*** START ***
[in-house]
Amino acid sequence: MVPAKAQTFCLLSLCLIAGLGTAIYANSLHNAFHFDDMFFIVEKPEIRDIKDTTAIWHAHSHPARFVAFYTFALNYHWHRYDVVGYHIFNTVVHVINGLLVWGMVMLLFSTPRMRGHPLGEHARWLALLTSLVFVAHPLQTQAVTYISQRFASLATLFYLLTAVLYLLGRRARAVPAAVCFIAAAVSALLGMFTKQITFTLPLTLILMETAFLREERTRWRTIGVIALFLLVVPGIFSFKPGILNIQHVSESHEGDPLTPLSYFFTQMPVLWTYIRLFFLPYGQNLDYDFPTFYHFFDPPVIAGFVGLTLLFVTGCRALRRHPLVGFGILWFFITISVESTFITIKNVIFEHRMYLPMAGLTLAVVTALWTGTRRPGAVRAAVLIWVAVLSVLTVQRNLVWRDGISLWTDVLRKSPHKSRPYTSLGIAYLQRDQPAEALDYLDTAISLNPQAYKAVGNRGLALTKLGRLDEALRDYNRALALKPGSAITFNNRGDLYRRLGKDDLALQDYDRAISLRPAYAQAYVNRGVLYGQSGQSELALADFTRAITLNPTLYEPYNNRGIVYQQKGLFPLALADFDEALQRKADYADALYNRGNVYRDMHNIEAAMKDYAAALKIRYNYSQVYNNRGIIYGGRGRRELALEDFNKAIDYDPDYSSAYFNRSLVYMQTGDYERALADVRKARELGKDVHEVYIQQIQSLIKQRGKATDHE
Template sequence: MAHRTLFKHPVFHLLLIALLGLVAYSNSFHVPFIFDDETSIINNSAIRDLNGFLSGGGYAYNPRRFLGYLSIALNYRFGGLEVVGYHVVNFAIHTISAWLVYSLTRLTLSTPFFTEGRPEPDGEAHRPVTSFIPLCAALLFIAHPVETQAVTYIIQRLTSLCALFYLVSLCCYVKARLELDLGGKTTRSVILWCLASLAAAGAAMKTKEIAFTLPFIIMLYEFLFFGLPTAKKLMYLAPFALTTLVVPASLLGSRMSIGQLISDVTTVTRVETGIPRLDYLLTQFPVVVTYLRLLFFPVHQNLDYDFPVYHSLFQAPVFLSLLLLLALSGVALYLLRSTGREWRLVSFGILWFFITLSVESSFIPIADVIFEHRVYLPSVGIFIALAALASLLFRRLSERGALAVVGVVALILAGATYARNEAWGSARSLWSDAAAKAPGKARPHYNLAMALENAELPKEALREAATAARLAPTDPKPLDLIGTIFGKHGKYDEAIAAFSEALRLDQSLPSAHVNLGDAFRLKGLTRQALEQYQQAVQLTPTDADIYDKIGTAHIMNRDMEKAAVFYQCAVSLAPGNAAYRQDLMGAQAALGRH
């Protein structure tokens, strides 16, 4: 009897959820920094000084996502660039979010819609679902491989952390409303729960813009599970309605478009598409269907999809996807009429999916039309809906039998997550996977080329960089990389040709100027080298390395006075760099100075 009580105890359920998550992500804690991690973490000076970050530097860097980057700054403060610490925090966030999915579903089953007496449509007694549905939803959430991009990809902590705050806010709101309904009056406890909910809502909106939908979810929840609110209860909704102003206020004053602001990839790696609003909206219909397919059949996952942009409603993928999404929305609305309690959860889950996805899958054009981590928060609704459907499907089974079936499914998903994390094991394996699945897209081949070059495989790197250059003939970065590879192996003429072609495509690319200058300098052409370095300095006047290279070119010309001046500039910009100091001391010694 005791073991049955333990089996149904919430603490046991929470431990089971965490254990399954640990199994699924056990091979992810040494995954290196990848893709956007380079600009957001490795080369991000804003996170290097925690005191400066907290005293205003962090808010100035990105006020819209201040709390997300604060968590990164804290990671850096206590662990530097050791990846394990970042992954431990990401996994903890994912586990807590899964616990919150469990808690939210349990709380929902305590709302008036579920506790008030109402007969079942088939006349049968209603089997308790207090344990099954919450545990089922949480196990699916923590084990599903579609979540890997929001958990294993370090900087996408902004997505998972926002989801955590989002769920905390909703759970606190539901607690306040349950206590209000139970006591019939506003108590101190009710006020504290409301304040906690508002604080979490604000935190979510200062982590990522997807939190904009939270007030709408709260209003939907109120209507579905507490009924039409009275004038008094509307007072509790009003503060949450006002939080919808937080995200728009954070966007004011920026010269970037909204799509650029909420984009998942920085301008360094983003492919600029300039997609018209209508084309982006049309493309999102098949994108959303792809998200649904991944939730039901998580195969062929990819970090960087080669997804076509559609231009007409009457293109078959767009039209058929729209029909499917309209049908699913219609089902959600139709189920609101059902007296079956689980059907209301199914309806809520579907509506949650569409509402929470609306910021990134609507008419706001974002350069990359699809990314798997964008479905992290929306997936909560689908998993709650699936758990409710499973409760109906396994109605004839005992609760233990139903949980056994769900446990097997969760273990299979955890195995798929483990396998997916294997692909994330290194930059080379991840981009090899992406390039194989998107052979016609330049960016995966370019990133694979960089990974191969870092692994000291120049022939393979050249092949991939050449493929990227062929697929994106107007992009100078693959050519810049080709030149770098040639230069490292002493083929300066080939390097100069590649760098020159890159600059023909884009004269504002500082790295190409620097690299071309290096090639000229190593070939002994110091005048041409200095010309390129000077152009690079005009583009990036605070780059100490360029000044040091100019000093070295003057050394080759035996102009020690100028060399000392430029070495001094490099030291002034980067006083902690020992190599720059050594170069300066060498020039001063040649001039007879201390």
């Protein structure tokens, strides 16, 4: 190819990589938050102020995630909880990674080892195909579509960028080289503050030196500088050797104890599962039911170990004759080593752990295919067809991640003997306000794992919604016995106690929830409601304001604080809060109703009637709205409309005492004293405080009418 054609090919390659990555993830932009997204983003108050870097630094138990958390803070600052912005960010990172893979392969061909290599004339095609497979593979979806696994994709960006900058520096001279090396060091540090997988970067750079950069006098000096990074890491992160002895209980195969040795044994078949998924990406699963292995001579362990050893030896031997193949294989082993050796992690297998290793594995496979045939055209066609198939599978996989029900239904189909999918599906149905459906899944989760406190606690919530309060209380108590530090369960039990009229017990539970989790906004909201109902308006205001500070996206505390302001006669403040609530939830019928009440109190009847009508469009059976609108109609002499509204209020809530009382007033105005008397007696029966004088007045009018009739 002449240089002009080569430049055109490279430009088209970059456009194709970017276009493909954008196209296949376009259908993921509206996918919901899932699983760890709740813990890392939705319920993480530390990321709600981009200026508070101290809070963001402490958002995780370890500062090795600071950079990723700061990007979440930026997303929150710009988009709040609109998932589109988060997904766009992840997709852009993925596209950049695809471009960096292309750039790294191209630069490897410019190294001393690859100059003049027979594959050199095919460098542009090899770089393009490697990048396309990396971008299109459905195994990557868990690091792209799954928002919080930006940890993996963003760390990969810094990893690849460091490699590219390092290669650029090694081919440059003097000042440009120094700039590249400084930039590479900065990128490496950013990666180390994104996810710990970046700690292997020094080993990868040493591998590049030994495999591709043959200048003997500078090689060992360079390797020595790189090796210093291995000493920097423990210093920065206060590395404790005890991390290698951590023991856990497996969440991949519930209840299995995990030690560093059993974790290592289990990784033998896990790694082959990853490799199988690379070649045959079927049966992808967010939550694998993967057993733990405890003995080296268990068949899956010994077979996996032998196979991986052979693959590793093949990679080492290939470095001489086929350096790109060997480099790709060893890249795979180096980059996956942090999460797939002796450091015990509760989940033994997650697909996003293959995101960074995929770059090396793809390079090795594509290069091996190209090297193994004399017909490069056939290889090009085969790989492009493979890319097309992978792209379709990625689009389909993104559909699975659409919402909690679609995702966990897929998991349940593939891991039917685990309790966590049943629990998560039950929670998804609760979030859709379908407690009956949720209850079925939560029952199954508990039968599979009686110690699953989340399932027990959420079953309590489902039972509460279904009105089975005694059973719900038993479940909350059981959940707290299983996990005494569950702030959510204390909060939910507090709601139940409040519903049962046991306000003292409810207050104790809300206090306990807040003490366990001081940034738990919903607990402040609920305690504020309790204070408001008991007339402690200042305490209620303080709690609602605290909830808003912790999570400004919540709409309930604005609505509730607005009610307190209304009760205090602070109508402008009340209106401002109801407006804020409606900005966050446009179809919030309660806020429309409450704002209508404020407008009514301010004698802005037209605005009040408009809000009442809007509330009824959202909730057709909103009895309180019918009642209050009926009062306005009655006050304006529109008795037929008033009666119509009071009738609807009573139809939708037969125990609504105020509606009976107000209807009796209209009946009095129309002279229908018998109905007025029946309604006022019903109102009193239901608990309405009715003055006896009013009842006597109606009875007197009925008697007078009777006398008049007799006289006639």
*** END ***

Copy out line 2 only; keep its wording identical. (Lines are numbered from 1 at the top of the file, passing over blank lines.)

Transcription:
Amino acid sequence: MVPAKAQTFCLLSLCLIAGLGTAIYANSLHNAFHFDDMFFIVEKPEIRDIKDTTAIWHAHSHPARFVAFYTFALNYHWHRYDVVGYHIFNTVVHVINGLLVWGMVMLLFSTPRMRGHPLGEHARWLALLTSLVFVAHPLQTQAVTYISQRFASLATLFYLLTAVLYLLGRRARAVPAAVCFIAAAVSALLGMFTKQITFTLPLTLILMETAFLREERTRWRTIGVIALFLLVVPGIFSFKPGILNIQHVSESHEGDPLTPLSYFFTQMPVLWTYIRLFFLPYGQNLDYDFPTFYHFFDPPVIAGFVGLTLLFVTGCRALRRHPLVGFGILWFFITISVESTFITIKNVIFEHRMYLPMAGLTLAVVTALWTGTRRPGAVRAAVLIWVAVLSVLTVQRNLVWRDGISLWTDVLRKSPHKSRPYTSLGIAYLQRDQPAEALDYLDTAISLNPQAYKAVGNRGLALTKLGRLDEALRDYNRALALKPGSAITFNNRGDLYRRLGKDDLALQDYDRAISLRPAYAQAYVNRGVLYGQSGQSELALADFTRAITLNPTLYEPYNNRGIVYQQKGLFPLALADFDEALQRKADYADALYNRGNVYRDMHNIEAAMKDYAAALKIRYNYSQVYNNRGIIYGGRGRRELALEDFNKAIDYDPDYSSAYFNRSLVYMQTGDYERALADVRKARELGKDVHEVYIQQIQSLIKQRGKATDHE